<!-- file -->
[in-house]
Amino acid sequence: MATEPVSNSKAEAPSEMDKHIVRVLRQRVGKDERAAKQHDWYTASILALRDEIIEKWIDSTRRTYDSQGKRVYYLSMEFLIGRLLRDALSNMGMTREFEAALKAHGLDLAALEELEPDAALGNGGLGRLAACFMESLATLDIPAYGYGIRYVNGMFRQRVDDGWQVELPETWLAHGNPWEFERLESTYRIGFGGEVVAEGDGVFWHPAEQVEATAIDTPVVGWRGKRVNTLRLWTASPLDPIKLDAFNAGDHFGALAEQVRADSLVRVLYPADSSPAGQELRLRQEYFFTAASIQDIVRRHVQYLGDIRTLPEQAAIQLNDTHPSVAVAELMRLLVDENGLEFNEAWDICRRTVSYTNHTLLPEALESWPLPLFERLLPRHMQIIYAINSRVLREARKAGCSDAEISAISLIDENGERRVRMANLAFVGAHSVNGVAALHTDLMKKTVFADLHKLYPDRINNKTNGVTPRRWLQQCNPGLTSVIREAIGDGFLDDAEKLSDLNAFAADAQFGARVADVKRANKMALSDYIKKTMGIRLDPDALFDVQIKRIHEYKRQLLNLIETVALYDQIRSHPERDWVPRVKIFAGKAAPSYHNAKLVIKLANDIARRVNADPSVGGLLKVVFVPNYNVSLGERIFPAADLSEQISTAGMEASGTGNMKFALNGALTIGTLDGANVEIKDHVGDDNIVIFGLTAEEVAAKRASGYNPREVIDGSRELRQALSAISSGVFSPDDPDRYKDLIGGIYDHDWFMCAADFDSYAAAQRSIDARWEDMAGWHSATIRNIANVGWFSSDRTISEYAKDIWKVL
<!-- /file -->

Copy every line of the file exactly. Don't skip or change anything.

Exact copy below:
[in-house]
Amino acid sequence: MATEPVSNSKAEAPSEMDKHIVRVLRQRVGKDERAAKQHDWYTASILALRDEIIEKWIDSTRRTYDSQGKRVYYLSMEFLIGRLLRDALSNMGMTREFEAALKAHGLDLAALEELEPDAALGNGGLGRLAACFMESLATLDIPAYGYGIRYVNGMFRQRVDDGWQVELPETWLAHGNPWEFERLESTYRIGFGGEVVAEGDGVFWHPAEQVEATAIDTPVVGWRGKRVNTLRLWTASPLDPIKLDAFNAGDHFGALAEQVRADSLVRVLYPADSSPAGQELRLRQEYFFTAASIQDIVRRHVQYLGDIRTLPEQAAIQLNDTHPSVAVAELMRLLVDENGLEFNEAWDICRRTVSYTNHTLLPEALESWPLPLFERLLPRHMQIIYAINSRVLREARKAGCSDAEISAISLIDENGERRVRMANLAFVGAHSVNGVAALHTDLMKKTVFADLHKLYPDRINNKTNGVTPRRWLQQCNPGLTSVIREAIGDGFLDDAEKLSDLNAFAADAQFGARVADVKRANKMALSDYIKKTMGIRLDPDALFDVQIKRIHEYKRQLLNLIETVALYDQIRSHPERDWVPRVKIFAGKAAPSYHNAKLVIKLANDIARRVNADPSVGGLLKVVFVPNYNVSLGERIFPAADLSEQISTAGMEASGTGNMKFALNGALTIGTLDGANVEIKDHVGDDNIVIFGLTAEEVAAKRASGYNPREVIDGSRELRQALSAISSGVFSPDDPDRYKDLIGGIYDHDWFMCAADFDSYAAAQRSIDARWEDMAGWHSATIRNIANVGWFSSDRTISEYAKDIWKVL